Featured in Hydro Thunder are 13 boats and 14 locations (or tracks, if you will). There are a few unlockable boats and tracks, although I admittedly could not bear the game long enough to unlock everything (more on those deets later). I found the number of boats and tracks to be pretty inspiring for an arcade-port, but the true highlight of the developer’s focus and care is the locations. From the Arctic Circle to the Greek Isles to the Catacombs and the Nile river, Midway pulled out all of the stops here. Aside from the profound location choices, the locations themselves are loaded with awe-inspiring backdrops, pleasing visuals, and killer graphics. It’s easily one of the game’s greatest strengths, along with the controls and physics.
On the back of the game’s case, Midway makes note of the game’s water mechanics. It reads, “Real Newtonian Physics model emulates the unique feel of driving race boats on a variety of water conditions.” I can’t attest to the validity of this statement at all, and I also can’t relate because (1.) I don’t know much about Real Newtonian physics on a quantitative level, and (2.) I have never raced a speed boat. But I have been on boats (I owned an inboard/outboard motorboat once – never again, by the way), and I feel that I have a decent grasp on the physics behind how a boat should LOOK while moving on the water. With that said, I feel like it’s pretty legit! The boats do seem to have this free-flowing drifting motion as if they were actually floating on water. The seemingly lifelike physics make the controls all the more impressive! Overall, the controls are as solid as they come, and the controm scheme is as simple as it gets with boat maneuvering and boosting being the only things you need to worry about.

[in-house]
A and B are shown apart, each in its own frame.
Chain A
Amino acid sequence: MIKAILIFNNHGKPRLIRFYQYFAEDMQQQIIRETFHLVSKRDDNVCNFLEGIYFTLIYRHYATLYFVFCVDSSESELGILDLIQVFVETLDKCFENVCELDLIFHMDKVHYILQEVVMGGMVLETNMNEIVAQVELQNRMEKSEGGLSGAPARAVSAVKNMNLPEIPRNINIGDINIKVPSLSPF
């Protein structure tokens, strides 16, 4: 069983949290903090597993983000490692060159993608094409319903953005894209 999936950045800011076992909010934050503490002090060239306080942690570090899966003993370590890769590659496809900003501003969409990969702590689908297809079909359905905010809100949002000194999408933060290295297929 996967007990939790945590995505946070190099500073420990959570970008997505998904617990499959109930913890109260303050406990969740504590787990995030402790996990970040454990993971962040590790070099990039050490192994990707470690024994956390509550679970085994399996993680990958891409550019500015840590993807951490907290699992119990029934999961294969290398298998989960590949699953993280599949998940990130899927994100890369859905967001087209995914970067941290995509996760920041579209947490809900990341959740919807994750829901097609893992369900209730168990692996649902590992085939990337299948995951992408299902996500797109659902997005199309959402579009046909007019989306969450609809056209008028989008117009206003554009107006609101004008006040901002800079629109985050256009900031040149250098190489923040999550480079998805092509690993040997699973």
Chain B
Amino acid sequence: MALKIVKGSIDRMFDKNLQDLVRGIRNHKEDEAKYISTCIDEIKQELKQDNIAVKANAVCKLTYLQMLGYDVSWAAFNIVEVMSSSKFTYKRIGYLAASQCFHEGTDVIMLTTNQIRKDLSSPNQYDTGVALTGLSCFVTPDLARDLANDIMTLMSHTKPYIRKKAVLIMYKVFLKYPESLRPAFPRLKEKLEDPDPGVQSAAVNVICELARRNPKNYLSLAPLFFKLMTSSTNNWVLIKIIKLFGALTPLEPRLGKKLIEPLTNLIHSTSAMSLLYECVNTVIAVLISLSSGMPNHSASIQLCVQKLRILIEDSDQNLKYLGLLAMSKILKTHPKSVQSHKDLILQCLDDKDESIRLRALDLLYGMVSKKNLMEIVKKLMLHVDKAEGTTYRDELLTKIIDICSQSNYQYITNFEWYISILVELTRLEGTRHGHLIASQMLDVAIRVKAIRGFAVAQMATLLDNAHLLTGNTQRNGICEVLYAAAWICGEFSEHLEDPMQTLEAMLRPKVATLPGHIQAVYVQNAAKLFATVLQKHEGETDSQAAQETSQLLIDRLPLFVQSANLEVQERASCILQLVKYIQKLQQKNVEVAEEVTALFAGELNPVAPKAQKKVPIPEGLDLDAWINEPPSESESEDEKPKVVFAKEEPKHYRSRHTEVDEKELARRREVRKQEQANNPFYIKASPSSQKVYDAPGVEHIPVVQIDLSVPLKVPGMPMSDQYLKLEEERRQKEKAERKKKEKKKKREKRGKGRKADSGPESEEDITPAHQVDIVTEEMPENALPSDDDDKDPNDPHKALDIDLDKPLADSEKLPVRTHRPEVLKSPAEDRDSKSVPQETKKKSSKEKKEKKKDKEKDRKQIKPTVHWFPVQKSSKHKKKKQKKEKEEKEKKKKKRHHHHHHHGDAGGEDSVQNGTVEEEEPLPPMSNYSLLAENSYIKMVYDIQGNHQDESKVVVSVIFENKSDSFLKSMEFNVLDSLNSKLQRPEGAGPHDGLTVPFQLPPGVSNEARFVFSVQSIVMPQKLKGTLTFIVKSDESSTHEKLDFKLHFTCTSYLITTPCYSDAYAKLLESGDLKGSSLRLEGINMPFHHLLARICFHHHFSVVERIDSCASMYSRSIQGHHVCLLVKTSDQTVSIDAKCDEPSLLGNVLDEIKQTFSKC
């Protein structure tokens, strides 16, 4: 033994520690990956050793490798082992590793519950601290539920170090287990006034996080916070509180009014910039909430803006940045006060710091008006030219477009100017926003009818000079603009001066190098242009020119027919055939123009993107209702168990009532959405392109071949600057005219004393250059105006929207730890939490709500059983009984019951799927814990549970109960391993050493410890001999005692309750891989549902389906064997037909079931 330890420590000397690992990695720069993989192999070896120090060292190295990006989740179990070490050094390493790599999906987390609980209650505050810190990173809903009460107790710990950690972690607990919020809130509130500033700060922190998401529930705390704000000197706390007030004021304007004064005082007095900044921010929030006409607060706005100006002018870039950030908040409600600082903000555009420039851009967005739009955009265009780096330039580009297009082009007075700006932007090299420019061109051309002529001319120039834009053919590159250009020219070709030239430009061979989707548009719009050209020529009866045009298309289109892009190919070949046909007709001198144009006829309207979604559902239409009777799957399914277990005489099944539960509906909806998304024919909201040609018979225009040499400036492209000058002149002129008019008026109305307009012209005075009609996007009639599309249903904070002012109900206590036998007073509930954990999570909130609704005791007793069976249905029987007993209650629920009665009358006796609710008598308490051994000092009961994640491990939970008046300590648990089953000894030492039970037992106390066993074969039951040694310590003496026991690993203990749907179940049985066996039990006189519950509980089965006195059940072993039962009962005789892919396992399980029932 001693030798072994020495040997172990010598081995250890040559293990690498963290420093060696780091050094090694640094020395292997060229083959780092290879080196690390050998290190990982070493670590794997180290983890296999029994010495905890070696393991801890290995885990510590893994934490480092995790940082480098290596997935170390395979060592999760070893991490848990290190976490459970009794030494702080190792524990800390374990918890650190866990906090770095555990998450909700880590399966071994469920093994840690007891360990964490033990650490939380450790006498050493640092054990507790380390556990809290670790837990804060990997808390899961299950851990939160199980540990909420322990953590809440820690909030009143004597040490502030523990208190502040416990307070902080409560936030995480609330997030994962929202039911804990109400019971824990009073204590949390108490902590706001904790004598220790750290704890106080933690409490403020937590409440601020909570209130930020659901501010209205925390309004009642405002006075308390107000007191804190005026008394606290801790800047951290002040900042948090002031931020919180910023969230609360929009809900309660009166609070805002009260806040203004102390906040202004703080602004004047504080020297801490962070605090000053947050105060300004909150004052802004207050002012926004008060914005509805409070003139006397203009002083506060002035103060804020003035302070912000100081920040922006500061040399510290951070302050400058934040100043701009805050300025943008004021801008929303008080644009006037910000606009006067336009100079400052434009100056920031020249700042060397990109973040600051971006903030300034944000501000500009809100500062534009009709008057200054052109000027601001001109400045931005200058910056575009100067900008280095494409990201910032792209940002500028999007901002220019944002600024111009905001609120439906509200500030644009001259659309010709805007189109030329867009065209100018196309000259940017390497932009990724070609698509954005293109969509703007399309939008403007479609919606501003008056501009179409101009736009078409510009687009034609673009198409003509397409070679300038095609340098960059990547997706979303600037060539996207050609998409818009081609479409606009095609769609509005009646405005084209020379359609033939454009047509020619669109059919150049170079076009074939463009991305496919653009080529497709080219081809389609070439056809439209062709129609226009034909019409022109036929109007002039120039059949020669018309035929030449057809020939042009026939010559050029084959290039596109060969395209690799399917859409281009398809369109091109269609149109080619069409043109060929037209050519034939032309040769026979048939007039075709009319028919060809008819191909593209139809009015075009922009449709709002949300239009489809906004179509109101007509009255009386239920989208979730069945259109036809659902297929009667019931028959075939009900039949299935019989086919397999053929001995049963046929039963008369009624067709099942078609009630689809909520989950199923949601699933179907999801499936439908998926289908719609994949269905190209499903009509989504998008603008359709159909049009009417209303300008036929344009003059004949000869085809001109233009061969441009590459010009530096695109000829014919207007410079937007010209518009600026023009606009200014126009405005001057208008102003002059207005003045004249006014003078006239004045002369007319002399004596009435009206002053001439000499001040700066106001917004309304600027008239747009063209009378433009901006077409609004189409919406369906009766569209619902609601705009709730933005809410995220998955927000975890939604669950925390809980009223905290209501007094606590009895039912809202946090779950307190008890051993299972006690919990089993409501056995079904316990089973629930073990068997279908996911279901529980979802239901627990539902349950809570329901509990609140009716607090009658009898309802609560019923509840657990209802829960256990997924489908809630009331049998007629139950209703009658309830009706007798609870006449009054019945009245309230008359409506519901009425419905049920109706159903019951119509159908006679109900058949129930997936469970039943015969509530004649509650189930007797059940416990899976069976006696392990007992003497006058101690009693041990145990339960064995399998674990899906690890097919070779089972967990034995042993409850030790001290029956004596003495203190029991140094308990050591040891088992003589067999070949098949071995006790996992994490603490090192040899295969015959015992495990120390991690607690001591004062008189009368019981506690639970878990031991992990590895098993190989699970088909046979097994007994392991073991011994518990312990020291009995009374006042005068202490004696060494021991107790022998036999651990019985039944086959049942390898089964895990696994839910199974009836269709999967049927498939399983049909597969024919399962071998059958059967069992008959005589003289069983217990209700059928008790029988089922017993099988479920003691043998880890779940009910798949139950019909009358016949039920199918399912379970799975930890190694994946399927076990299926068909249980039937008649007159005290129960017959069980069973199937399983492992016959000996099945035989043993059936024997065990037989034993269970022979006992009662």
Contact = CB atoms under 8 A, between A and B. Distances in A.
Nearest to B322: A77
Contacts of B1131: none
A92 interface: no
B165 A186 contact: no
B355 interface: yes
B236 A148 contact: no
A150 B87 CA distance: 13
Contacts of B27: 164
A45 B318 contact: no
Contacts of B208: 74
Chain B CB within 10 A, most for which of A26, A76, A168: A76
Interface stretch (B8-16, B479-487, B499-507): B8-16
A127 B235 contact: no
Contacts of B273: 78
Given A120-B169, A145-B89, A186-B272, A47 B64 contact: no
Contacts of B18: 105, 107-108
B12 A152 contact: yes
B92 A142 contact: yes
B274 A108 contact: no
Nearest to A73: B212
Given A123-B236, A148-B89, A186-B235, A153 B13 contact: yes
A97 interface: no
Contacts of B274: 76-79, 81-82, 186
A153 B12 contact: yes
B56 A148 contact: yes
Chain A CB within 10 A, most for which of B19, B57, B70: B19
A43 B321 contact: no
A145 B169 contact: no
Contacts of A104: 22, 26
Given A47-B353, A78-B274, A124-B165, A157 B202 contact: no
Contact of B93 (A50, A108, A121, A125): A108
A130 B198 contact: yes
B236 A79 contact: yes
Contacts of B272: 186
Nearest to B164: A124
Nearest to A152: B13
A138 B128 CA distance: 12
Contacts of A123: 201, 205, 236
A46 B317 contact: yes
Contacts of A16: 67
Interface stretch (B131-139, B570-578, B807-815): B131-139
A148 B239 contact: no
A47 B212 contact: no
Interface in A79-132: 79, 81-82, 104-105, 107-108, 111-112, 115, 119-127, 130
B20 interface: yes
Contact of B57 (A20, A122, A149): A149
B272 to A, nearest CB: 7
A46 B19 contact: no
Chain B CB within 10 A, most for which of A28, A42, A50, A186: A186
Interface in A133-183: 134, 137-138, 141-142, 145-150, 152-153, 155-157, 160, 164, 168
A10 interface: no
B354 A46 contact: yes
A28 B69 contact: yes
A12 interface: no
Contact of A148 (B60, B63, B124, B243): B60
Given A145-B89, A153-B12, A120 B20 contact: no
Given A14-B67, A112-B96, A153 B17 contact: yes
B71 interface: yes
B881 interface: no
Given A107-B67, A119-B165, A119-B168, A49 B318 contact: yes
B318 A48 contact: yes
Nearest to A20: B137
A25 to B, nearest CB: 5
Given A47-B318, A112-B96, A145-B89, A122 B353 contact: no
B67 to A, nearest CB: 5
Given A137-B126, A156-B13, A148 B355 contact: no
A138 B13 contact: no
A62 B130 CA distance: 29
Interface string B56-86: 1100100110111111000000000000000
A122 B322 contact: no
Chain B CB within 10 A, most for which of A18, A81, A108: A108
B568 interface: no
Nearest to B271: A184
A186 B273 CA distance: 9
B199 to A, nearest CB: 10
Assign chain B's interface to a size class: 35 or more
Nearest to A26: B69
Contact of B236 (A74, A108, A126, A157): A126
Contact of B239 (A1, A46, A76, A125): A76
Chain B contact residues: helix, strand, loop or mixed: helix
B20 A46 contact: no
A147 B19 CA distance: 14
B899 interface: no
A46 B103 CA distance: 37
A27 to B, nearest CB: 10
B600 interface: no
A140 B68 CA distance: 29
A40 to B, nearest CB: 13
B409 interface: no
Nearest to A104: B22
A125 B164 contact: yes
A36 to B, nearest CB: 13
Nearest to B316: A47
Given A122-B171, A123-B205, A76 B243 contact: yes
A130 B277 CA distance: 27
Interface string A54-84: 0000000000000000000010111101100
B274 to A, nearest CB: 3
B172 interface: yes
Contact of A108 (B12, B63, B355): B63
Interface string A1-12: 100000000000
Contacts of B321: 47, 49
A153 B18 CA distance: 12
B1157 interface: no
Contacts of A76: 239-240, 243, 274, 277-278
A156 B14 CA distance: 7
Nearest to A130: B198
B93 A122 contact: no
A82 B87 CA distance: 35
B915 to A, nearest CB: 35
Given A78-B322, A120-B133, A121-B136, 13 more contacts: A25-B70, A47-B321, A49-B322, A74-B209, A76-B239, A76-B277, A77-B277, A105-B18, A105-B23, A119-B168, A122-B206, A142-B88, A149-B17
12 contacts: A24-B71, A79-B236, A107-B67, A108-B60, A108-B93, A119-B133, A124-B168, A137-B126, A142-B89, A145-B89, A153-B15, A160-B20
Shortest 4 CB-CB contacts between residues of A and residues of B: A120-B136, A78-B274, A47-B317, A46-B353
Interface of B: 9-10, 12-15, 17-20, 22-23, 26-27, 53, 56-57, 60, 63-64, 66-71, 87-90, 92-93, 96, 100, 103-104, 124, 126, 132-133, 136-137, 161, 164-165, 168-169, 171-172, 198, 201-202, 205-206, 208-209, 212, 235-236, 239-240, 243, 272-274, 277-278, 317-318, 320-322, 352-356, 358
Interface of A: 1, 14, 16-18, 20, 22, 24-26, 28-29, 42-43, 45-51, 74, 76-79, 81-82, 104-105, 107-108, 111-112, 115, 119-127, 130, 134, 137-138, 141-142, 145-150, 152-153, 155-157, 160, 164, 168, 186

Despite strong graphics and tight controls, nothing can save Hydro Thunder from inevitable monotony. I’m sure I’m going to get some flack for saying this, but, I mean, the track locations are exciting and all, but they’re mostly just “background noise for your eyes,” as you’re mostly fixated on the path directly in front of your boat and not the deep horizon. And water is always going to look like water… on every track. So every race feels like the same race. The only thing that can stave off the monotony – which, I reiterate, is inevitable – is multiplayer.
On the Dreamcast version, Hydro Thunder is a one or two player only game. The racing genre as a whole is perfect for multiple players because it is so tangible. You can literally SEE your friend’s vehicle swerving all over the track in front of you, and you can get side by side with them and pass them to take the lead. Despite the multiplayer aspect making Hydro Thunder a better game, there is something lacking… It took me a few races to really figure it out, but when I did, I just couldn’t believe it! Most multiplayer racing games feature a cursor or some other visual marker directly over your opponent’s vehicle on your screen. So it makes for an exciting visual experience when you see your opponent doing crazy things (like hitting a huge ramp and doing flips or something). Hydro Thunder, for whatever reason, does not feature any visual markers to show your opponent’s boat on your screen, and in split screen, it is especially hard to see details across a few hundred feet of choppy water. I know it’s a small detail, but it was a surprisingly massive disappointment.